Welcome to my Country Days Blog!

I’ve lived in Devon for over 30 years and while I spend most of my time working in my studio, or in front of a TV camera or on an exhibition stand, country living does give me some time and space… to think about my next project!

A crafter in the country is never bored – nature is a huge treasure trove! Beachcombing, walking on Dartmoor, or rummaging about in hedgerows (while Richard pretends not to notice) produces all sorts of goodies. Shells, feathers, wildflowers, leaves – natural things are so often the ‘light bulb moment’ that gives me an idea for something new!

I have hundreds – actually, make that thousands ­– of ideas and projects from crafts to cookery to flowers that I thought I could share with you through a weekly country-inspired blog.

I love hearing from fellow crafters and swapping ideas and useful hints and tips, so do please feedback your comments on my blog, I’m sure it will be a lot of fun!

Roses, roses all the way!

It’s roses, roses all the way in today’s quick inspiration blog that uses our Climbing Rose die SD526 which have been die cut in both pink and green card to save any colouring. The papers come from the Jane Shasky ‘From the Heart of the Garden’ CD and the circle and scalloped circle can be any nesting dies that you happen to have.

The edges of the backing paper have been antiqued a little with some Tim Holtz distress ink (Mowed Lawn) but this is just a little extra touch that you could skip, it just adds a little depth to the papers.

To make the tying of the bow easier – the ribbon is stretched around the strip and secured at the back and then a pre-tied bow glued on – much easier I always think!

The final touch, of course, are the sparkly bits in the corners, these could easily have been pearls or whatever you have in stock!

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James Wong – what a great writer!

James Wong – what a great writer! Just occasionally I come across a writer or a new book that really grabs me and this was the case with James.

The first book I bought was ‘How to Eat Better’ which I saw mentioned in Good Food magazine. It’s really fascinating and has masses of facts that made me exclaim out loud as I read through… possibly a little annoying for Richard! Did you know smaller (and therefore cheaper) blueberries are better for you than the big ones – green asparagus is much better for you than white? Lazy people rejoice as apparently the vac packed and cooked beetroot has as many good things going for it than boiling and peeling your own… and so the list went on.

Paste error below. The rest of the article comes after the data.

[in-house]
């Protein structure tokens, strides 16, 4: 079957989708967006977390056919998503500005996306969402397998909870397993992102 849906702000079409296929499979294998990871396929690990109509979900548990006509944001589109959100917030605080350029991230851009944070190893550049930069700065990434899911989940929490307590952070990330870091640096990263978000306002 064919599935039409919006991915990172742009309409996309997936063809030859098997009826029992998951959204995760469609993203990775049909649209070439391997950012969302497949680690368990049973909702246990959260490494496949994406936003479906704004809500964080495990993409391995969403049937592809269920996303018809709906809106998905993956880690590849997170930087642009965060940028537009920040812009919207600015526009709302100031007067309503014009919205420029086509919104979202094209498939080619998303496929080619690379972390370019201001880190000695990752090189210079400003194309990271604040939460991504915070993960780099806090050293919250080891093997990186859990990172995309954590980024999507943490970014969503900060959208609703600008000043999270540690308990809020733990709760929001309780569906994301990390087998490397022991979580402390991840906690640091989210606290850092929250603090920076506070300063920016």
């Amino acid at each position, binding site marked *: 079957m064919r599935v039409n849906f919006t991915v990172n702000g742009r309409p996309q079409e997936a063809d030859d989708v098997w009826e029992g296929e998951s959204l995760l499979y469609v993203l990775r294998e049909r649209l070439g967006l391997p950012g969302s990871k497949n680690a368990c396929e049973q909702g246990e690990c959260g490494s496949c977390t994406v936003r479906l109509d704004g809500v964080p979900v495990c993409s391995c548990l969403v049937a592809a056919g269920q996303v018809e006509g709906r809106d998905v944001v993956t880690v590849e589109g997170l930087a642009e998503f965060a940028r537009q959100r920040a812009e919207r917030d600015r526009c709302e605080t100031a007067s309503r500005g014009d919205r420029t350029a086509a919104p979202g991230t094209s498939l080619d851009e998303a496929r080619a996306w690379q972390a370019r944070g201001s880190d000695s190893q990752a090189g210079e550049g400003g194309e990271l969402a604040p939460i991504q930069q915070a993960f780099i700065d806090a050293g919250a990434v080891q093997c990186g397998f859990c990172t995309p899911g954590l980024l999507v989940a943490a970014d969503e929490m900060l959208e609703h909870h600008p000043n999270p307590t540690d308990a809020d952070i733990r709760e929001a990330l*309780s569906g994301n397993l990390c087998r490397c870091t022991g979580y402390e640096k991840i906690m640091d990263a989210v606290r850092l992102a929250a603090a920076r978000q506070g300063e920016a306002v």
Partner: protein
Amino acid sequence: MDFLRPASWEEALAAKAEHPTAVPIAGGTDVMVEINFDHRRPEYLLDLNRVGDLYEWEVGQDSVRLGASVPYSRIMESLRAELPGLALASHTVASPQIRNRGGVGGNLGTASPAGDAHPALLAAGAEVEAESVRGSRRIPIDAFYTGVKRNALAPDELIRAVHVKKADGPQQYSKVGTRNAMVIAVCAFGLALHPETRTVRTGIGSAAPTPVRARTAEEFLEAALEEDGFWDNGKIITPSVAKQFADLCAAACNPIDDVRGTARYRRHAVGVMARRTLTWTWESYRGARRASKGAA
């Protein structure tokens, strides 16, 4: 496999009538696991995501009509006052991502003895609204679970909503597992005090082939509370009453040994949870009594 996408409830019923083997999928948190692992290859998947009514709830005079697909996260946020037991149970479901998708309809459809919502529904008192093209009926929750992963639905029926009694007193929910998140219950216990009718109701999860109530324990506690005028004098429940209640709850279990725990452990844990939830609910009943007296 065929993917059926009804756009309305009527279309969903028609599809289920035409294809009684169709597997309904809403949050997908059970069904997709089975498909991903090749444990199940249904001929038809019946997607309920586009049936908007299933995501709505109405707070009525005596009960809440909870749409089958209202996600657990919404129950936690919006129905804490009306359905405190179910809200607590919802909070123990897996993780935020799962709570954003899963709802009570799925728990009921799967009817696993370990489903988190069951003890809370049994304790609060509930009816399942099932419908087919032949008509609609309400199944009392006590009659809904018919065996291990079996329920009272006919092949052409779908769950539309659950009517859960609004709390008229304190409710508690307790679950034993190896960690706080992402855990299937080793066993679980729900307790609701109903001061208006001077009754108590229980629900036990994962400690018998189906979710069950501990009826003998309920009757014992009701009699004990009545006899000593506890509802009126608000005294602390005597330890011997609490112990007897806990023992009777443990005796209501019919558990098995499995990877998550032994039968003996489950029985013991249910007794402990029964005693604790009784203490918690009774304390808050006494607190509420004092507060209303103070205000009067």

I felt sorry for Richard listening to my reading out paragraphs aloud and so bought him (and his brother) a copy of James Wong’s ‘Grow for Flavour’ which has so many tips and tricks that help in the garden. For example – watering tomatoes with seawater gives them a much better taste – giving hard to germinate seeds like parsley a quick dose of soluble aspirin helps them along – and yes you guessed, Richard is now reading out bits to me from his book!

Finally, having been so interested in his other books I treated both myself and my sister (I love giving books) to ‘Grow your own Drugs‘ – Kate was a little worried as it had to get through the mail and therefore the Jersey Customs department but, so far it all seems to have gone swimmingly! As I have a summer cold at the moment I was very taken with the recipe intended to help colds and flu – Echinacea Ice Lollies. This contains 80ml of vodka and that alone has to cheer things up! But there are plenty of other ingredients that should ease the throat. Disappointingly, the vodka is to soak the Echinacea root and doesn’t actually make an appearance in the finished lolly – hmm, sad.

Just thought I would share these titles with you – I love books with useful hints and tips and James is certainly an author I will look out for him in future programmes – he has shared a TV series with another person I admire – Dr Michael Moseley and has covered the Chelsea Flower show with the BBC team … I will be keeping an eye out!

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Dad’s garden!

Many fathers love gardening so this dad’s garden design is great for Father’s Day or as a dad’s birthday card. But, as plenty of Mums enjoy gardening too, it’s a really versatile and unisex card that you can change to suit!

The main image comes – as many of my favourite cards do – from the Jane Shasky ‘From the heart of the Garden’ CD.

Ingredients:

Quick ‘how to’:

  1. Trim some kraft card to slightly less than the main card and attach to the card blank. Cut some green spotty paper or card (or any other backing paper you have) to about 7½” square and diecut some trellis corners into it.